The numbers crunch
By Galen Larson
Water, water, everywhere, but there is not as much as one would think – particularly in consideration of our ever-burgeoning population.
When it comes to arable soil, there is a finite limit as well, but with modern methods and (ugh) chemicals, we can produce on food on fewer acres. But as of yet we have found no way to make fresh water in quantities large enough to provide potable water for the masses or for agriculture.
The standard formula of three tells us water is one of the most critical elements to survival. Three minutes without air, three days without water, 30 days without food.
There are many parts of the Bible I question, as those who know me are aware. But the most problematic is this: Be fruitful and multiply. We have been killing one another for millennia, decimating our past populations, yet we have continued to multiply at a rate that could threaten the survival of our descendants if they do not maintain a proper balance with nature and its life-giving support.
Our planet is currently at 7 1/2 billion and by 2050 is expected to be around 12 billion.
I have asked people on many levels, what do they think is the greatest threat to the planet? All state the same thing: overpopulation.
And yet, as Mark Twain stated about the weather, everyone talks about it but nobody does anything about it.
All other problems will be moot if overpopulation is not sensibly discussed. How are we to rein in this growth? If we care only about the now, that is a selfish attitude.
We have a group in Washington feathering their nest, accepting no blame for the present problems fostered on the existing population. Now, stop and think what is to happen when the population spins out of control. Chaos will be the result. There will be food shortages, sure, but more likely are shortages of clean drinking water in the poorest regions of the earth.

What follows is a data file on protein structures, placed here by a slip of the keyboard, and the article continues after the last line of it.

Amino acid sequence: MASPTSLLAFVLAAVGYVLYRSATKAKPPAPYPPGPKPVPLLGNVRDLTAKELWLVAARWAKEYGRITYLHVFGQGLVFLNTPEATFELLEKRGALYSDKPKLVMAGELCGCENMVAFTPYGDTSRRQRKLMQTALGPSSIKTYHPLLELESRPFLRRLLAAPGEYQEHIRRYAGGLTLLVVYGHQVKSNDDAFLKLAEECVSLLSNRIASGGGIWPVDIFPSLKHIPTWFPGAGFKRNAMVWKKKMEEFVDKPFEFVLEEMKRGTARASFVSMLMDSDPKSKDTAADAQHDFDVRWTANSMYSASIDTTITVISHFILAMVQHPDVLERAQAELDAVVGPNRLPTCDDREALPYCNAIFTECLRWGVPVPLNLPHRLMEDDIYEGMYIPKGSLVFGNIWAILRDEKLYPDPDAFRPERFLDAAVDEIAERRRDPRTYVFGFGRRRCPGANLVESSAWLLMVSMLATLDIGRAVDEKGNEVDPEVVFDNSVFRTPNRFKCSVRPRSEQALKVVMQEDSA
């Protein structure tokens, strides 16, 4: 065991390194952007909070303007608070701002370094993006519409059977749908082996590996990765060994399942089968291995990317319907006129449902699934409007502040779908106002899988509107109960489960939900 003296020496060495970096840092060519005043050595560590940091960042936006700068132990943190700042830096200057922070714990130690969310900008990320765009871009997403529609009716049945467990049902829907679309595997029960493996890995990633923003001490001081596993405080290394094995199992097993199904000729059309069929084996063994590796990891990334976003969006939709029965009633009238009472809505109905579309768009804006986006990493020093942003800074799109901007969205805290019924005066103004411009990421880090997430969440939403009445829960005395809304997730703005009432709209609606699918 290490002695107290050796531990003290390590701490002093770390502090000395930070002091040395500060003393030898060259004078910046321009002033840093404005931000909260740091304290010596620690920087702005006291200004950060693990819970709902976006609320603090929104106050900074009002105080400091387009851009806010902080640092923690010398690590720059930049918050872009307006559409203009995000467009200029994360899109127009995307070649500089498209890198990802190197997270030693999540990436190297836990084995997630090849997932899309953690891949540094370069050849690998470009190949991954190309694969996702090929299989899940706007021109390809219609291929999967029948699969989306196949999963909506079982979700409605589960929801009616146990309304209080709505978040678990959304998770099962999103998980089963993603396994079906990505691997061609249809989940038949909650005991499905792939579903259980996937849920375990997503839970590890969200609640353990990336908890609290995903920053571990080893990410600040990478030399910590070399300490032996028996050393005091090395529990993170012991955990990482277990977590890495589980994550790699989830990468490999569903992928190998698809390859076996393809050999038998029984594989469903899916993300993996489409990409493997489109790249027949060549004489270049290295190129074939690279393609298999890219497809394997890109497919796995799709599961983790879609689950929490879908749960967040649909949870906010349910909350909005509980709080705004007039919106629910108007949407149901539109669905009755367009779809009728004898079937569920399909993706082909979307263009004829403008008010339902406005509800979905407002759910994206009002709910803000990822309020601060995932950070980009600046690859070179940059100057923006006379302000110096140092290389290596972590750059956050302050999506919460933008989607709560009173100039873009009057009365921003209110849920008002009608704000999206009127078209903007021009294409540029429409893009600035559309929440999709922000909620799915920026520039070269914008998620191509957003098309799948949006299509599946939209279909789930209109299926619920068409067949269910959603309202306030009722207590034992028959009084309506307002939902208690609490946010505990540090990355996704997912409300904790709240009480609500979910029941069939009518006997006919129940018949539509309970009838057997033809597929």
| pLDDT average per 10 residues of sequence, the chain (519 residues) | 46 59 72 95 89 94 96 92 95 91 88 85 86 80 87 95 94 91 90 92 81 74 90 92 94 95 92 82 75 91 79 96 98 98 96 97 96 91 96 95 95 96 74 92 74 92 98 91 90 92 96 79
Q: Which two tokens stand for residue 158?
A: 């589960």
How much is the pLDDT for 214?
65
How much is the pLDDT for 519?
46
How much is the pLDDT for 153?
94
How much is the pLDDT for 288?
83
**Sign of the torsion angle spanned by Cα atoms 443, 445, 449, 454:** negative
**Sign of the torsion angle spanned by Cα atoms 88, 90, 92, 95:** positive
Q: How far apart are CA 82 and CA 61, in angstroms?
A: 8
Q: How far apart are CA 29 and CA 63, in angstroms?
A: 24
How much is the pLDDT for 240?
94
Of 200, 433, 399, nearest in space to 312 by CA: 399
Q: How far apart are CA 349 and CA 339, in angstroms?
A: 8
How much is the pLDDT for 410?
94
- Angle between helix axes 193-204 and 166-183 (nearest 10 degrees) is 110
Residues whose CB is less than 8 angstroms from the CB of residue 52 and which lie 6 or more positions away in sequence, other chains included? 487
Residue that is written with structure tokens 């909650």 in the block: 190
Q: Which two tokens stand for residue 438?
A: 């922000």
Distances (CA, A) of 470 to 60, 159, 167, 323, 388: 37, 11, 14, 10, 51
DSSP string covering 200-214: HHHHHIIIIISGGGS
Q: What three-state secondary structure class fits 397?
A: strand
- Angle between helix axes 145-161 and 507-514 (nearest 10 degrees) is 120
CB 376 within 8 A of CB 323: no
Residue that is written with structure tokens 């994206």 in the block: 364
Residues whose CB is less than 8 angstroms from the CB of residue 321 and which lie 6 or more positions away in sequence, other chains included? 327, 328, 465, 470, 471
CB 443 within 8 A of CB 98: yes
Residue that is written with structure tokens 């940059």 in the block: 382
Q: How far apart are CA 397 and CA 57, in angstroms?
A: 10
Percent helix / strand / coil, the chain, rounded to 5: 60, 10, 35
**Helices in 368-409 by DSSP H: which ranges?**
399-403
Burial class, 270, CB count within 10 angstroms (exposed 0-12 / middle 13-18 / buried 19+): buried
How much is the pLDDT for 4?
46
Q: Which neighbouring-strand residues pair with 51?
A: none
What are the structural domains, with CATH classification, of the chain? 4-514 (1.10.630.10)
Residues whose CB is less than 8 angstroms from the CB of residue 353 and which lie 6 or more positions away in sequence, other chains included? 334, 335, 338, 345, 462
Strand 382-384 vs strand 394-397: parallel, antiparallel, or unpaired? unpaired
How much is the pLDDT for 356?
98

When I was a youngster in sixth grade I remember my teacher stating that as population grows uncontrollably we may in time have to garner our food from the seas. Little did she know that in my short lifetime we would have polluted and over-fished the seas to the point where we can no longer depend on them for healthful food. Out of sight, out of mind. The ocean is now in places vomiting up the garbage we flushed into it.
To illustrate let’s turn to a catastrophe that just happened to 4,000 joyous vacationers on a small “island” stranded just a few short miles in the Gulf of Mexico. When the engines of their cruise ship were destroyed by fire, things deteriorated rapidly, and the worst problem of all was lack of water. Within less than a week they were overrun by sewage and desperate for water to drink.
This turned out to be a small inconvenience for the lucky passengers, because there were soon on terra firma and no one was seriously harmed. But the episode showed that, while such small inconveniences don’t happen often, to those in the midst of the disaster, the result is uncomfortable living conditions at the least, health problems or death at the worst.
Now picture the same situation happening on a global scale. There isn’t enough clean water to slake the thirst of the masses and their livestock, provide for cleaning, irrigate crops, and flush away sewage. The world, after all, is like that cruise ship, only bigger. We’re surrounded by oceans that we cannot desalinate effectively enough to keep up with the demand for fresh water. And there is no place else we can go.
If the population continues to grow unchecked, this is what could happen.
Humans are supposedly the only animals that can think ahead. But the one thing that can conquer us without a shot gets barely a whimper of discussion, when there should be a shot heard around the world.
Next month, I will discuss more of the same – but I won’t be so tame.
Galen Larson is a retired oilfield worker who lives in Montezuma County, Colo.